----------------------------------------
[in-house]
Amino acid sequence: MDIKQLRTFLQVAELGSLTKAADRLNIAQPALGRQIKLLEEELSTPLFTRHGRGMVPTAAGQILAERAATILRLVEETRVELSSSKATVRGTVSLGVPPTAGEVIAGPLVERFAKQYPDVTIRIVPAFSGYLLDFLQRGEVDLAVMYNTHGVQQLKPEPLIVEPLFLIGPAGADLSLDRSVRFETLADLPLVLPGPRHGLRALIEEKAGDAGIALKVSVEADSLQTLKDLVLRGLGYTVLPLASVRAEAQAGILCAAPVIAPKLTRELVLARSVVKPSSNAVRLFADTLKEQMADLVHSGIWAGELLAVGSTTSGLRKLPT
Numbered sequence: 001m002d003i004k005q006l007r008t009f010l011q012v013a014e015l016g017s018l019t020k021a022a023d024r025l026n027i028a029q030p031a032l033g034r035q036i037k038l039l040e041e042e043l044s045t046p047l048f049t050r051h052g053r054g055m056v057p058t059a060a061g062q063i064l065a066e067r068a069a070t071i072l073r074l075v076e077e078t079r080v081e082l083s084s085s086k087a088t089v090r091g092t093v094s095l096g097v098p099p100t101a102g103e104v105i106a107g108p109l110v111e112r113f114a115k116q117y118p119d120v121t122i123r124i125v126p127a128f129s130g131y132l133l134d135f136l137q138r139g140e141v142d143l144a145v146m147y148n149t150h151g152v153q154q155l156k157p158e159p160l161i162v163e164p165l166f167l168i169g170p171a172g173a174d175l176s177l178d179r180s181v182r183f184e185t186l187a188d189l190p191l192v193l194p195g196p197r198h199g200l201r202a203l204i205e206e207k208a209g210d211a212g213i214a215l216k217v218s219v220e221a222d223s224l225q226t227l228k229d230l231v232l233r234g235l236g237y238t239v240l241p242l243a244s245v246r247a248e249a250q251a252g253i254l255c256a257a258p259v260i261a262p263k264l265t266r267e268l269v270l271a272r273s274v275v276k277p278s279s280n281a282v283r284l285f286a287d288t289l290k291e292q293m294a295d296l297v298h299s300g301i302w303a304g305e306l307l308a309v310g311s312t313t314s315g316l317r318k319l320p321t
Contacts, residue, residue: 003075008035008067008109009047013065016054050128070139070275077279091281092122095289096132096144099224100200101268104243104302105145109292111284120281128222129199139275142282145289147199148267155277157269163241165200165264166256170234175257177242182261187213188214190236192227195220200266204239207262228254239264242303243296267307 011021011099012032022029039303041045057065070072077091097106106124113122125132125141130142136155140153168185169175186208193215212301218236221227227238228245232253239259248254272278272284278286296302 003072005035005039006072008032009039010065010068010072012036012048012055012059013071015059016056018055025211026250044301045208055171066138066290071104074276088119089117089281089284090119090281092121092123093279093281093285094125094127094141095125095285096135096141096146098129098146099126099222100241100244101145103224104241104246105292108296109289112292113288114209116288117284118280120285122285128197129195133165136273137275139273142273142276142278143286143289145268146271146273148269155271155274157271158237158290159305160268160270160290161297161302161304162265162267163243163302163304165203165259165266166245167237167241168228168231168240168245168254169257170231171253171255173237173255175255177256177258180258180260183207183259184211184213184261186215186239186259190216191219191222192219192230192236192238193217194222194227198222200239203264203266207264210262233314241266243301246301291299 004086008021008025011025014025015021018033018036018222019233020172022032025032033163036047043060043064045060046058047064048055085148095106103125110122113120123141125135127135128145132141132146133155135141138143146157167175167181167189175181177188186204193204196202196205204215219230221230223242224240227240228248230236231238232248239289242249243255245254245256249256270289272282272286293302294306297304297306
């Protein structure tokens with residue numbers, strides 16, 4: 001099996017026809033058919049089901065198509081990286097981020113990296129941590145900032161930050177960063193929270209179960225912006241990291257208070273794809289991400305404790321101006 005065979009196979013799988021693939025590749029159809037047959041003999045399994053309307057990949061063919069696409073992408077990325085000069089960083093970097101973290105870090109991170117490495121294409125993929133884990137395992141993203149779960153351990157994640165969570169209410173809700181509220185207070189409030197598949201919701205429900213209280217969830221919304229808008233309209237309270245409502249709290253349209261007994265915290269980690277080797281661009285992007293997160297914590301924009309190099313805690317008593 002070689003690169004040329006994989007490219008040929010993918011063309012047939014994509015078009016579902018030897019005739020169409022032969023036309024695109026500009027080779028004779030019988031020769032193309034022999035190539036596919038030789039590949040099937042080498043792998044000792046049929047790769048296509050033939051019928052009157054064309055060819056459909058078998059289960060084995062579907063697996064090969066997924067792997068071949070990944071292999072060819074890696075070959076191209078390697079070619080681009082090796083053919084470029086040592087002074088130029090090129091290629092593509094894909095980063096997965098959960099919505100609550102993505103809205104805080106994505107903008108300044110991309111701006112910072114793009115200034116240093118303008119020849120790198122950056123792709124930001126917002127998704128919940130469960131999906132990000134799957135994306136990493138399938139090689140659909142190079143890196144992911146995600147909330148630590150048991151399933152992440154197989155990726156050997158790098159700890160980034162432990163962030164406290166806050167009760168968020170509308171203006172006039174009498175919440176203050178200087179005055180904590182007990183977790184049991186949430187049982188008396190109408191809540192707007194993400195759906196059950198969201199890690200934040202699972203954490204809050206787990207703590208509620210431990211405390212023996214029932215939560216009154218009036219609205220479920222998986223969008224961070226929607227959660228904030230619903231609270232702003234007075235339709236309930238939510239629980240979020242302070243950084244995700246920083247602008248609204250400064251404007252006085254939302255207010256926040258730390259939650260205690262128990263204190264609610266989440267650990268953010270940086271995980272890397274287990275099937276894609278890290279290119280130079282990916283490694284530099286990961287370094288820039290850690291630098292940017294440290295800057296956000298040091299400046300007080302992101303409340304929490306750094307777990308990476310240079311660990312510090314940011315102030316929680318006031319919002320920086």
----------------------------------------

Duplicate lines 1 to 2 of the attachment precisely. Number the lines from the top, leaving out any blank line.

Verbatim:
[in-house]
Amino acid sequence: MDIKQLRTFLQVAELGSLTKAADRLNIAQPALGRQIKLLEEELSTPLFTRHGRGMVPTAAGQILAERAATILRLVEETRVELSSSKATVRGTVSLGVPPTAGEVIAGPLVERFAKQYPDVTIRIVPAFSGYLLDFLQRGEVDLAVMYNTHGVQQLKPEPLIVEPLFLIGPAGADLSLDRSVRFETLADLPLVLPGPRHGLRALIEEKAGDAGIALKVSVEADSLQTLKDLVLRGLGYTVLPLASVRAEAQAGILCAAPVIAPKLTRELVLARSVVKPSSNAVRLFADTLKEQMADLVHSGIWAGELLAVGSTTSGLRKLPT